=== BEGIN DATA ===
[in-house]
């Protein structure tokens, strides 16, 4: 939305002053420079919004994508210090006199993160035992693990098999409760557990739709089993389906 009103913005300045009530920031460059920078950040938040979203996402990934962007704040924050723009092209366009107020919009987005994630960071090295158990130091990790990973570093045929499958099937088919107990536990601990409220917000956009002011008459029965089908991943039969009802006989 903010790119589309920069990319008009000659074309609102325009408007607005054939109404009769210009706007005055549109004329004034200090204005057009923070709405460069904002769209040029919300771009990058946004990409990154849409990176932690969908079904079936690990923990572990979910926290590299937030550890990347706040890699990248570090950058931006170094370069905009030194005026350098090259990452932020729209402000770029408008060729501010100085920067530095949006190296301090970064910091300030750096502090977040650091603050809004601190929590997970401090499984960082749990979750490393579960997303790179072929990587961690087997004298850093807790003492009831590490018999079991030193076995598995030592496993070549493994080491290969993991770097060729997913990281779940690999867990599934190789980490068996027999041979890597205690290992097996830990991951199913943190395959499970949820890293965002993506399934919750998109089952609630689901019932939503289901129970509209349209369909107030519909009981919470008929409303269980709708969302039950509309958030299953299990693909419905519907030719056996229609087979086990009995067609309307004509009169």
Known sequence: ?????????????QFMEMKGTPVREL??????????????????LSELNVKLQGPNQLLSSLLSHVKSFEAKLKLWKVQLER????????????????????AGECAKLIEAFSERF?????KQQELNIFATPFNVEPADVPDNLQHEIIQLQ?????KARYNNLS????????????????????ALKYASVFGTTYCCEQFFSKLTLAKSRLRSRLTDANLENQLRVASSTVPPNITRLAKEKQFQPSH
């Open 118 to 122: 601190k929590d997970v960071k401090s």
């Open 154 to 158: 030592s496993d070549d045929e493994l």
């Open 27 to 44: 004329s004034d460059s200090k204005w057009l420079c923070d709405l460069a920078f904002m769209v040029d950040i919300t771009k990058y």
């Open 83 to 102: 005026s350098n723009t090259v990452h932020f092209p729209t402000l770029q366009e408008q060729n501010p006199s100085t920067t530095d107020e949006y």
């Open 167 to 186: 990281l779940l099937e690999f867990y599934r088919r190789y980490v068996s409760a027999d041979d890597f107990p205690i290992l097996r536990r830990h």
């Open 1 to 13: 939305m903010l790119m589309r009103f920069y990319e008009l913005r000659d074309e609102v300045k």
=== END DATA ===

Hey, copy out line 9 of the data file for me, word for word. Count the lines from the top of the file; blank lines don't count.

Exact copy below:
């Open 1 to 13: 939305m903010l790119m589309r009103f920069y990319e008009l913005r000659d074309e609102v300045k």